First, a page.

ADVERTISER 150: Richard Madeley made his name with us first, before going on telly
PUBLISHED: 07:00 19 November 2016 | UPDATED: 19:29 23 November 2016
Some big names have swung through the offices of the East London Advertiser on their way up the showbiz ladder, like TV’s Richard Madeley who joined us in 1975 as a young cub reporter. We are having our 150th birthday bash this week with a look back at some of the news of the day we’ve carried since 1866 and some of the characters who helped us write it. Richard tells his own story...
“Bloody hell. You’re way too posh to work here, mate!”—The welcoming words from 20-something reporter Lyn Olley on the morning I reported for duty at the East London Advertiser on midsummer’s day, 1975.
Except she didn’t say “bloody hell”. Something a little stronger than that—two words that included “me” and a four-letter precursor.
Posh? Me? I was born in Romford! True, my parents later migrated to Brentwood, a sliver of green belt away from the spreading greater London conurbation. But I’d gone to school in the East End, at Coopers Company Grammar in Tredegar Square just off the Bow Road, years before it lifted its nose and departed with Coburn for Girls (which was in the Mile End Road) for leafy, suburban Upminster.
I didn’t speak with a cockney accent, but I was very ‘Essex’. Dropped aitches in all the right places. So Lyn’s acerbic greeting knocked me back a bit. But only a bit.
All I’d said was: “Morning everyone —I’m the new reporter.” What was I supposed to say? “Wotcha, mates, I’m yer new ferret”?
I decided attack was the best form of defence.
“S** off —if you don’t like how I speak, get used to it.”
Lyn, a Stepney girl (who now lives in Canada and mixes old cockney with New World jargon) became a firm friend and remains so to this day. It was a typical east London in-your-face greeting—mock-confrontation concealing genuine friendliness.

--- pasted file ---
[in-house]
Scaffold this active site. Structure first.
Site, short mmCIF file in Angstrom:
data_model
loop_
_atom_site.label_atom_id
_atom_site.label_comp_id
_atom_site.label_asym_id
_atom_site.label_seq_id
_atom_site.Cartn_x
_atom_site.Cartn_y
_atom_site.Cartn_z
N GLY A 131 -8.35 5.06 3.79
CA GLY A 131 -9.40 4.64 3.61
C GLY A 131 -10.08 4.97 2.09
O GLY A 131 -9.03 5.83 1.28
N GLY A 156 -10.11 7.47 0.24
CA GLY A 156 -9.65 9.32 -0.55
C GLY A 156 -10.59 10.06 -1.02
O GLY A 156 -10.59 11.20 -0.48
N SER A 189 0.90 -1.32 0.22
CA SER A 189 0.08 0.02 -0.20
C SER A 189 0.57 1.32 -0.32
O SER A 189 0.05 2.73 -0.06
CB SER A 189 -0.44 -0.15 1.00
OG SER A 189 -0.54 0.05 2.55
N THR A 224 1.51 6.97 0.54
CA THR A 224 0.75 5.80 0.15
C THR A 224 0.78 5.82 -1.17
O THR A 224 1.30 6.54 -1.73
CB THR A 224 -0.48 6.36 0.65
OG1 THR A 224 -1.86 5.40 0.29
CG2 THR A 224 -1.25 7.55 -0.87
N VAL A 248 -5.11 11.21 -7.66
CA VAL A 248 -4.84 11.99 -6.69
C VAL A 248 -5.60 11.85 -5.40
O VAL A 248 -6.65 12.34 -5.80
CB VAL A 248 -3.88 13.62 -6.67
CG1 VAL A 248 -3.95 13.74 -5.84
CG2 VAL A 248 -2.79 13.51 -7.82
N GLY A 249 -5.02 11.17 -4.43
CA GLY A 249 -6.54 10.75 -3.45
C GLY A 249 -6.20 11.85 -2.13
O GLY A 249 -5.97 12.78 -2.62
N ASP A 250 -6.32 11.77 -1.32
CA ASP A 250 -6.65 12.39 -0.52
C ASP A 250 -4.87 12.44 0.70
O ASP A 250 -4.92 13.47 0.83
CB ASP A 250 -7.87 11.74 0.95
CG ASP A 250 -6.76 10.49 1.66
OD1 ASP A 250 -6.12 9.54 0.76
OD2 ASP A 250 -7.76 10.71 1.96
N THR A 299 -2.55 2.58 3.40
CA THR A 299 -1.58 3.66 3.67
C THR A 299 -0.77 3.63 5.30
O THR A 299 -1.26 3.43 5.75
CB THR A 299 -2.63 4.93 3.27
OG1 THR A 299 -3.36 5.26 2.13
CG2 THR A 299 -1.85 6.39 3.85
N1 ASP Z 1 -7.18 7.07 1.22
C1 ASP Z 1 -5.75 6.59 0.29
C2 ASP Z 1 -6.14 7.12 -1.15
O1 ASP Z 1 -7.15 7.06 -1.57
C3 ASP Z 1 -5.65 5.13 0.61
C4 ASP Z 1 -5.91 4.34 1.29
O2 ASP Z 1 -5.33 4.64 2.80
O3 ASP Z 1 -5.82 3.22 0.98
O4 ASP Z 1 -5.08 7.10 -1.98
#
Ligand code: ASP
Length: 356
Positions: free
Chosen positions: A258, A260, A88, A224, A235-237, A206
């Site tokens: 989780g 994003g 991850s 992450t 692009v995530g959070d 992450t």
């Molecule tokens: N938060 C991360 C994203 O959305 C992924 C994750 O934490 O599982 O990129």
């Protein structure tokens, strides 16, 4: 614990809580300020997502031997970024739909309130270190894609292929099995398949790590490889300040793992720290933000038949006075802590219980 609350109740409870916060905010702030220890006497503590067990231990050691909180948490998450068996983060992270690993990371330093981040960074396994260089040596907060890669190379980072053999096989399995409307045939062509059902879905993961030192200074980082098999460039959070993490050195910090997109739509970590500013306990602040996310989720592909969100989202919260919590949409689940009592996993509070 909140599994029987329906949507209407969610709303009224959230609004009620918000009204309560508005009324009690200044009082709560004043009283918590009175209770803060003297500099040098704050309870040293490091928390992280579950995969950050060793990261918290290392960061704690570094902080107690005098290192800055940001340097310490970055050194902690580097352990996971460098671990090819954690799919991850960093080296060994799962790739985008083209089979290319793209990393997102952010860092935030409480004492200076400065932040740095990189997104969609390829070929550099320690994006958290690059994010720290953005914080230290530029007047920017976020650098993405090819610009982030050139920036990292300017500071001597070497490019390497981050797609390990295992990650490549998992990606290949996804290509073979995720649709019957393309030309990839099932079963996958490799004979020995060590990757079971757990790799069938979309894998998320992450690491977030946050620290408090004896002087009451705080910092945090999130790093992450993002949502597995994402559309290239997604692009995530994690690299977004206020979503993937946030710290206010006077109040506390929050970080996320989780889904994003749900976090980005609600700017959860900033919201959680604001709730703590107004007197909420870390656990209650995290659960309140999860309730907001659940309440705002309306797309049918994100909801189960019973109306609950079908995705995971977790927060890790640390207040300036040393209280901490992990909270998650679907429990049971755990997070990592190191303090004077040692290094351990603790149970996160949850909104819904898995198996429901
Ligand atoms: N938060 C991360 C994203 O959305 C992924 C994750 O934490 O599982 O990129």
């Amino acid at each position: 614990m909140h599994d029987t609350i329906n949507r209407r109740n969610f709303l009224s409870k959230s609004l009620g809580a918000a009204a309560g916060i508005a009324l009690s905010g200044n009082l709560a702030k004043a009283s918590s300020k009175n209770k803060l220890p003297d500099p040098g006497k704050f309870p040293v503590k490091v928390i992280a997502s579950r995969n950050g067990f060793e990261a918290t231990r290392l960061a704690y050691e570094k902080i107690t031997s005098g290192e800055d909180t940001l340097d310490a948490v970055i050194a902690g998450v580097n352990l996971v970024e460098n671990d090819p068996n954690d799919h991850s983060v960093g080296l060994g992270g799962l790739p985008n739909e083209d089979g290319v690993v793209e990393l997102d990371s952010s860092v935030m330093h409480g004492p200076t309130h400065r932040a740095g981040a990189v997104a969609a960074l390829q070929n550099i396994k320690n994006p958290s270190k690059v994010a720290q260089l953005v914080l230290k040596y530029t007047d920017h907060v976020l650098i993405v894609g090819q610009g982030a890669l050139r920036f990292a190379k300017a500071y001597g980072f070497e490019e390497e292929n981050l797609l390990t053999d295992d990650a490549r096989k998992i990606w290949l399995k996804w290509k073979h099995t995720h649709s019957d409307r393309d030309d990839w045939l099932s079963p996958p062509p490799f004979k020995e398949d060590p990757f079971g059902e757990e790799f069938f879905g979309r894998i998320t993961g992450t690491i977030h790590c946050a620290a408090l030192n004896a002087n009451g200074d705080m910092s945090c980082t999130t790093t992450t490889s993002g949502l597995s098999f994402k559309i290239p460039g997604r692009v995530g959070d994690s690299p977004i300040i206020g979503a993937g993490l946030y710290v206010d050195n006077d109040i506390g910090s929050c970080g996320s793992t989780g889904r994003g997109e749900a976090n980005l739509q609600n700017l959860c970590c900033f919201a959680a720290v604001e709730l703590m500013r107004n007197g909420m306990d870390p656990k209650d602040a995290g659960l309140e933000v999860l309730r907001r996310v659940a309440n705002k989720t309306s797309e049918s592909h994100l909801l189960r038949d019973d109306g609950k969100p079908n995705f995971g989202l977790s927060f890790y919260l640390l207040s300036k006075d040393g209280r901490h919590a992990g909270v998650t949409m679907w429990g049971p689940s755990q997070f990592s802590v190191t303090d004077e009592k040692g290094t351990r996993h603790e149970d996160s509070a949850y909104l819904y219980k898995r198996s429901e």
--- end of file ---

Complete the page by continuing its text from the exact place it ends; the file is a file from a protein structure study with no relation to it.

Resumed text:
So it began. I’d come from the Advertiser’s sister paper, the Brentwood Argus, the newsbeat deeply parochial. My finest moment? A weekly column titled Church Notes, culled from the various parish magazines. Not exactly front page stuff.
Now my newsbeat was not just local but national news. The ‘Free George Davies’ campaign (hands up who remembers that?), the resurgence of the old docks into ‘Docklands’, a rat-infested rubble-strewn wasteland in the mid-’70s. The fallout from the Krays’ implosion a few years earlier in 1269. The social earthquake of a new wave of immigration (the historic lifeblood of the East End).
Oh, and showbiz—Chas and Dave, the birth of Punk, among other things.
Which reminds me—guess the name of the musically-inclined reporter I was drafted in to replace? I got his desk and typewriter. (Computers? Do me a favour. This was the ’70s.)
It was Steve Harley, who’d left to form Cockney Rebel.
He never came up to see me, though I met him years later on This Morning.
Where actually, he did indeed make me smile.
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